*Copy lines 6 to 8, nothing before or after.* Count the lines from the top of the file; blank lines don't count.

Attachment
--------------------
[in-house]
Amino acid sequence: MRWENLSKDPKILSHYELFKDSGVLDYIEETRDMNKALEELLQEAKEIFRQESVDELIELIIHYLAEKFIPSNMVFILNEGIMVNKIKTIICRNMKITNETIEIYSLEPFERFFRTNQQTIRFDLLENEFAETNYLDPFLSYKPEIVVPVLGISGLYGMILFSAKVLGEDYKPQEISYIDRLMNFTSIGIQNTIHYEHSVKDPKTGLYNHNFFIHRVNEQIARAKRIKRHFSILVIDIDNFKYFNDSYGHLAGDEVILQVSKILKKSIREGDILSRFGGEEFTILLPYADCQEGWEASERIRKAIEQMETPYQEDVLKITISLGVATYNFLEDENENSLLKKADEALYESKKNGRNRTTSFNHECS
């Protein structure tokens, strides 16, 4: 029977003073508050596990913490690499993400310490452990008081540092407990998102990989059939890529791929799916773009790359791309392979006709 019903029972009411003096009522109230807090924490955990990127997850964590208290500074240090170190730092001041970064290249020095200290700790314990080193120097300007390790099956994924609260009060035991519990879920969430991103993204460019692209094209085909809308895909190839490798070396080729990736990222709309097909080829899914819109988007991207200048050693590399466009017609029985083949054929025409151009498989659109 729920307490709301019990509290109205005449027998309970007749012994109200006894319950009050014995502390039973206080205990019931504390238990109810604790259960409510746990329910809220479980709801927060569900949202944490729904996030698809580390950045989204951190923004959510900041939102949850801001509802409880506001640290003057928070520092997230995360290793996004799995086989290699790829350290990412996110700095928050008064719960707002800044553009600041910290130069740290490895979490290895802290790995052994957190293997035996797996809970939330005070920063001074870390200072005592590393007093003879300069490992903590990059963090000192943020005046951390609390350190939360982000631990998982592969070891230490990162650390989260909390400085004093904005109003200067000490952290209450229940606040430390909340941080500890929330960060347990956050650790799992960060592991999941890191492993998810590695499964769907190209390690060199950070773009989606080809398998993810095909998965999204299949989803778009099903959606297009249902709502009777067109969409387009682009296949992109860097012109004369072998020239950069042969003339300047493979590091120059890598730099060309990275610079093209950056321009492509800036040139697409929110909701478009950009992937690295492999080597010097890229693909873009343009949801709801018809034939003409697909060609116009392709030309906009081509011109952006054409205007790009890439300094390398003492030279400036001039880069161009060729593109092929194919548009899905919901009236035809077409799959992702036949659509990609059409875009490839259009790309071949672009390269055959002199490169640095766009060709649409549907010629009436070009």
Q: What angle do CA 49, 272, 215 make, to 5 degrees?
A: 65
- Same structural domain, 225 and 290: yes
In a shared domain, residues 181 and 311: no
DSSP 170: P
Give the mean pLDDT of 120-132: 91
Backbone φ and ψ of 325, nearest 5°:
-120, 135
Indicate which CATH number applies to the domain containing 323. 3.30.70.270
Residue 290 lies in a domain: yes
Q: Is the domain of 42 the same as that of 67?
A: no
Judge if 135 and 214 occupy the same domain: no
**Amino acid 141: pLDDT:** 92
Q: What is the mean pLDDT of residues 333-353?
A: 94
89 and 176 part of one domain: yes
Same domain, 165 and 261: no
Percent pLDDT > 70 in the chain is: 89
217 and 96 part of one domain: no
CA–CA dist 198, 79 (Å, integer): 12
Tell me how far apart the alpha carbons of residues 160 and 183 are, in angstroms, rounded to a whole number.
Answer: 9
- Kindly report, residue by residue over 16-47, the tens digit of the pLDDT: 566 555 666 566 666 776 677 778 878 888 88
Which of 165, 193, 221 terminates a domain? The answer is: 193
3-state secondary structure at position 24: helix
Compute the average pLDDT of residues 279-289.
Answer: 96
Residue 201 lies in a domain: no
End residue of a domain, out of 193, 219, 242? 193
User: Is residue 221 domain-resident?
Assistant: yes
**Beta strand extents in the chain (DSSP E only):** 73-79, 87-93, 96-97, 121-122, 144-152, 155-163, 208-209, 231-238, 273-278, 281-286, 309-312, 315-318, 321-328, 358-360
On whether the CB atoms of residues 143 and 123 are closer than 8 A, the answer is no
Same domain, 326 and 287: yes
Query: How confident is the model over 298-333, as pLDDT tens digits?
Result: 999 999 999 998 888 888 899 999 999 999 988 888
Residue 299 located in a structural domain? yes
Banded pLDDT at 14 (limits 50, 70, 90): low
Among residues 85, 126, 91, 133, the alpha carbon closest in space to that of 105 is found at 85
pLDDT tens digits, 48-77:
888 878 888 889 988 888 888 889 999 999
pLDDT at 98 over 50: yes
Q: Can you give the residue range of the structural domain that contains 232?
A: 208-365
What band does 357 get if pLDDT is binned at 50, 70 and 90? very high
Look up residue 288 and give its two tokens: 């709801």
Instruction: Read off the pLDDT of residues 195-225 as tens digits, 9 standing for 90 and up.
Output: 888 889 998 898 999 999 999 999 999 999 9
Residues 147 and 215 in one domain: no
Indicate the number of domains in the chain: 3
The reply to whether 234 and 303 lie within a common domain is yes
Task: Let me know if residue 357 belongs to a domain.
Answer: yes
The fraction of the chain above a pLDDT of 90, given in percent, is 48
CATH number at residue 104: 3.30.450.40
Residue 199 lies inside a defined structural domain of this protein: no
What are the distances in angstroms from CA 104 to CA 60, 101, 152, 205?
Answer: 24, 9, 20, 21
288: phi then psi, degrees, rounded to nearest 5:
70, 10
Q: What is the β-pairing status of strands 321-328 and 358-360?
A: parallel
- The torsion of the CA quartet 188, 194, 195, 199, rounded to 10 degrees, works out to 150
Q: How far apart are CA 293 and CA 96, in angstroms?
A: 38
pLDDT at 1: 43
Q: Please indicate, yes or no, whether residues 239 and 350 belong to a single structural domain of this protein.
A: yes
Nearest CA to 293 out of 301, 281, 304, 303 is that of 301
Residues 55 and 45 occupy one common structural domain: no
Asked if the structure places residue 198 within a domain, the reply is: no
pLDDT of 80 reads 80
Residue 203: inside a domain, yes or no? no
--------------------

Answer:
- Same structural domain, 225 and 290: yes
In a shared domain, residues 181 and 311: no
DSSP 170: P